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Minimum current spec for power supply

Discussion in 'Electronic Basics' started by jibberjabber, Feb 21, 2006.

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  1. jibberjabber

    jibberjabber Guest

    I'm looking at the little open frame power supply (PSA-25L-201-R) that has a
    5V .2-2A rating. When my device is in idle mode it draws 750mA which is
    below the minimum Amp rating. What happens when a similar PS is run below
    the rated current? The spec sheet isn't much help.
  2. John Fields

    John Fields Guest

  3. jibberjabber

    jibberjabber Guest

  4. Chris

    Chris Guest

    Hi, Jib. You're saying you've got a small switching power supply which
    has a rating for minimum current as well as maximum, and you're running
    the power supply at below minimum current.

    The PSA number looks like a Phihong switcher. If it's the PSA-25L-201

    it shows two outputs, 5V and 12VDC. The 5V supply is shown with a
    minimum load of 0.2A, and a maximum load of 2.6A. The 12VDC supply
    shows no minimum load, and can supply up to 1A. (See page 1 of the .pdf
    data sheet.)

    Most switchers these days are built to operate properly under no-load
    conditions (like most of the PSA-25L models). Your model, though, has
    a minimum curent rating. If you run a switcher at below minimum
    current, it will not meet specifications for output regulation or
    ripple voltage, and will not respond properly to load transients.
    Worst case, this instability can cause the power supply to fail at
    turn-on, or when the load changes (i.e. from idle to run mode).

    If your load will ever fall below the rated minimum of 0.2A, load the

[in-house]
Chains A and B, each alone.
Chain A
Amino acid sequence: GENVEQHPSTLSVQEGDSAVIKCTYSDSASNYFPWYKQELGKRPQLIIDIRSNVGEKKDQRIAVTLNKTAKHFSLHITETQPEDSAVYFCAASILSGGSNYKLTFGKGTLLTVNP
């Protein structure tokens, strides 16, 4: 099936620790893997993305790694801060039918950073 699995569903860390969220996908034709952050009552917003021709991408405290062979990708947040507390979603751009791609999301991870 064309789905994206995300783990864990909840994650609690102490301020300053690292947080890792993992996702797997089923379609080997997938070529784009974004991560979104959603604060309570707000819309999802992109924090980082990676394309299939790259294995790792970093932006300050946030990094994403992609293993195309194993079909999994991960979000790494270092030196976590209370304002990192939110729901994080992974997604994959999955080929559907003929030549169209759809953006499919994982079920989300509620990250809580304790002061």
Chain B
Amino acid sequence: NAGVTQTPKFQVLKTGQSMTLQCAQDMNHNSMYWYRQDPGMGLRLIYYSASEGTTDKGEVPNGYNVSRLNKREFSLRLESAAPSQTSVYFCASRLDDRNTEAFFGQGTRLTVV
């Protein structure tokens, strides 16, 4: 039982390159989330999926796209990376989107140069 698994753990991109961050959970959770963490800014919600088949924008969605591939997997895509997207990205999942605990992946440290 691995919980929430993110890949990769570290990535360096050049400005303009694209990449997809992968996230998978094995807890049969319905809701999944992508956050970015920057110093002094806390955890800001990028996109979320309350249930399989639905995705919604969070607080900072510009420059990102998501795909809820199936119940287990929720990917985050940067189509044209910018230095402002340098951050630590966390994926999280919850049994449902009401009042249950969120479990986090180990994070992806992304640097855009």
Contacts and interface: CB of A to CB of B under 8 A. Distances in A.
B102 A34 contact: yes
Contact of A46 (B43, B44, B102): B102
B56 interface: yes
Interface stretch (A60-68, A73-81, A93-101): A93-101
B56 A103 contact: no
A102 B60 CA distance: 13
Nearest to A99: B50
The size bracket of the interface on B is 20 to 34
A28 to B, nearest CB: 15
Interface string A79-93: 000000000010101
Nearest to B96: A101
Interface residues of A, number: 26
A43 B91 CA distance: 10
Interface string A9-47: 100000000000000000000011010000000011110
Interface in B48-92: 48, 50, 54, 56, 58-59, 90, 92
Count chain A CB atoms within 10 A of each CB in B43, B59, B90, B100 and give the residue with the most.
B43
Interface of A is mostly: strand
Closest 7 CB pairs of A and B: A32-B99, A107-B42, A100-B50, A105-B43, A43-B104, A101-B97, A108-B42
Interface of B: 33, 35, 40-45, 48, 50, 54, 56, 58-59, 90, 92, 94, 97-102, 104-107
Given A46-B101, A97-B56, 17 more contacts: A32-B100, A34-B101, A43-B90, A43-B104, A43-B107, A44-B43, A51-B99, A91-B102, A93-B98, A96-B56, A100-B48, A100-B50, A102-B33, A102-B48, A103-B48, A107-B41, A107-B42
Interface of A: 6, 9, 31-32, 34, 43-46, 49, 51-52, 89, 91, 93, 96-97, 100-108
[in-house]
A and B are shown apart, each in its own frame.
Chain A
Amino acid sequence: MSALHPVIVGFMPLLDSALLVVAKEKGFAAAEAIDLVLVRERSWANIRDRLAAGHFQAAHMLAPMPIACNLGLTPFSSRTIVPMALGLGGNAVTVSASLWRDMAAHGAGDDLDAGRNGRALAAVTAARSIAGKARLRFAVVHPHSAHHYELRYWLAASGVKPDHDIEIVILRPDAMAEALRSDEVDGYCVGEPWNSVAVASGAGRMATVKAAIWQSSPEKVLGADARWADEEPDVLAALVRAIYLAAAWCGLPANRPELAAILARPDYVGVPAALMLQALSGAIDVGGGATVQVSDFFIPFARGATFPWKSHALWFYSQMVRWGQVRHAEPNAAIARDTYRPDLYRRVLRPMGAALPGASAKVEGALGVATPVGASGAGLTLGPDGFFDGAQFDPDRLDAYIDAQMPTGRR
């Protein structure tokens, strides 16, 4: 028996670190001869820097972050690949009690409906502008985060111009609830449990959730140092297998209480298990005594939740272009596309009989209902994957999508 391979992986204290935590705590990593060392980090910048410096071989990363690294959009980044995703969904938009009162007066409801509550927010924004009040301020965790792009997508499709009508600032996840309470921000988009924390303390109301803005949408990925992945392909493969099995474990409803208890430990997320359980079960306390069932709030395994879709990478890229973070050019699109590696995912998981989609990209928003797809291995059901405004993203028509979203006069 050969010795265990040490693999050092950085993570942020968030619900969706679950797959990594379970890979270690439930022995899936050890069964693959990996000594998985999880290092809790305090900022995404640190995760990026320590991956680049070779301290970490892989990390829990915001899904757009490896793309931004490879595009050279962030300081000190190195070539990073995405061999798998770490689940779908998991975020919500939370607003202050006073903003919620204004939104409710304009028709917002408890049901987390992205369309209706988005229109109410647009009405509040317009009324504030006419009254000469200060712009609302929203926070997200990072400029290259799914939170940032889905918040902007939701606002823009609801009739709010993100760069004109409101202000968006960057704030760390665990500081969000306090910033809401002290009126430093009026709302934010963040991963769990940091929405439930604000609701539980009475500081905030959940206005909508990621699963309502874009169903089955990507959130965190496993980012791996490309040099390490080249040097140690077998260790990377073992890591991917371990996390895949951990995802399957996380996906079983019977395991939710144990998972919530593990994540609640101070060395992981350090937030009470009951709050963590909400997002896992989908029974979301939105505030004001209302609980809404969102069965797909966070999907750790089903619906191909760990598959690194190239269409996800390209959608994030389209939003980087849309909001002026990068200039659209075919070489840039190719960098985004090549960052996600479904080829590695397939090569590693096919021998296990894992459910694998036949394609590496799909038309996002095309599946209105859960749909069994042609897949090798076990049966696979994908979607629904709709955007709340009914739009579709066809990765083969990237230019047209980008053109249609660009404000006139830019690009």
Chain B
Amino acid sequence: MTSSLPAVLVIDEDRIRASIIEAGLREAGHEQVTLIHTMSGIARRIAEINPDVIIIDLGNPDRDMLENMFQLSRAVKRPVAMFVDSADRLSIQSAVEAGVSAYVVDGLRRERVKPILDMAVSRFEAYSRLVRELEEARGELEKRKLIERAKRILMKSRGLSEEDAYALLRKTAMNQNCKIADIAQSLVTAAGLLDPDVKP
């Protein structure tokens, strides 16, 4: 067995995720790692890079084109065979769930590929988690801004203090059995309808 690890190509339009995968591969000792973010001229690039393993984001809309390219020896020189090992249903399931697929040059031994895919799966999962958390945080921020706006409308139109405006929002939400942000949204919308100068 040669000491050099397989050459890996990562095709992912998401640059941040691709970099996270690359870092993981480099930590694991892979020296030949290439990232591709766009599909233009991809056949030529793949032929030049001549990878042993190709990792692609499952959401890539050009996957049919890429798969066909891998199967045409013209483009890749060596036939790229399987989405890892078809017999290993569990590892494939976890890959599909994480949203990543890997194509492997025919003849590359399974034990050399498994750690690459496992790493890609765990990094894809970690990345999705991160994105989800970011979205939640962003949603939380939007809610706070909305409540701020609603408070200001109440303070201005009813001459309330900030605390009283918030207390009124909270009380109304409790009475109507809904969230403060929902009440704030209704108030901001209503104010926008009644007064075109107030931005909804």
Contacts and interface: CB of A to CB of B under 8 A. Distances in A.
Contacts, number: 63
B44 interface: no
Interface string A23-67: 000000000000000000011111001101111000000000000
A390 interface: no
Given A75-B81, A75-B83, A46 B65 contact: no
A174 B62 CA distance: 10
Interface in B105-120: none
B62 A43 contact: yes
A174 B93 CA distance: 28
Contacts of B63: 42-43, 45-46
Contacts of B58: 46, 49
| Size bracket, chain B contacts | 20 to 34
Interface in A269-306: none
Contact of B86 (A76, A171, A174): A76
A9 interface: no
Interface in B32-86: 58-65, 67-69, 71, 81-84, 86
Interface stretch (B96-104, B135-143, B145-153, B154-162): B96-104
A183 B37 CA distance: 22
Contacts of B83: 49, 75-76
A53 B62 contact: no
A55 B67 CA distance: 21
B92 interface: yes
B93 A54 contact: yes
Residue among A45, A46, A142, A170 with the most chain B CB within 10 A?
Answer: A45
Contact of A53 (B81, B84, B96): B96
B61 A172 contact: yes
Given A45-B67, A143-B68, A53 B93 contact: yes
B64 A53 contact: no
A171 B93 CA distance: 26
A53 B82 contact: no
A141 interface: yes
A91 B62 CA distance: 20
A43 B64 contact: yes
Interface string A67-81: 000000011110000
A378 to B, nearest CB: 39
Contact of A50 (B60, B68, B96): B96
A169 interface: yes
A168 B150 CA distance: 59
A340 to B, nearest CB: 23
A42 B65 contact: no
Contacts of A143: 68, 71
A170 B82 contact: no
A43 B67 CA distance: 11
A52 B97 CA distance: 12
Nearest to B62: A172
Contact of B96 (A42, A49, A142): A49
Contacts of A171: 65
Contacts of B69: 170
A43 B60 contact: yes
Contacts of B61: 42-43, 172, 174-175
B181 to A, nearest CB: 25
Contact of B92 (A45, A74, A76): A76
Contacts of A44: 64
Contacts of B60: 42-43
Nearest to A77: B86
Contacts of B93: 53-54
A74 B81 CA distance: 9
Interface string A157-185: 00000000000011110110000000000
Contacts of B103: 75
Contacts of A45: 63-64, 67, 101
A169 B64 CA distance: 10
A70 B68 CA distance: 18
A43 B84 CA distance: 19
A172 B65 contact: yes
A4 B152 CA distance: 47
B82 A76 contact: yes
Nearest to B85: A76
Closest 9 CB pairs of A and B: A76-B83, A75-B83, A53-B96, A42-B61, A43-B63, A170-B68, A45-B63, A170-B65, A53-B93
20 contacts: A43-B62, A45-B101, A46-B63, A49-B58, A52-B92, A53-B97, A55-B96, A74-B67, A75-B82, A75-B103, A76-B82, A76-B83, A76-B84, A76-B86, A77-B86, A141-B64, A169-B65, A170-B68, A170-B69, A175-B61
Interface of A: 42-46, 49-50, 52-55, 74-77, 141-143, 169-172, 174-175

power supply with an output resistor such that the current never goes
    below rated minimum.

    You're saying your load is 750mA, which is above rated minimum. In
    that case, you should have no problem. You need to be between minimum
    and maximum, which is where you are. But if you ever run into this
    again, or if your supply is something other than described above, get
    out the junkbox and scrounge a power resistor that will get you above
    minimum current.

    By the way, this is another good reason to scrounge components from any
    non-working electronics you come across. Power resistors seldom fail,
    and scrounged ones can be handy when you've got a problem like this.

    Good luck
  5. Chris

    Chris Guest

    O.K., 75mA instead of 750mA. That means you need at least another
    125mA to get to minimum current. Using Ohm's Law, that would mean you
    need lower than 40 ohms of resistance on the load. I'd go with a 33
    ohm, 1 watt resistor or a 22 ohm, 2 watt resistor. Depends on what
    you've got in your junkbox.

    Good luck
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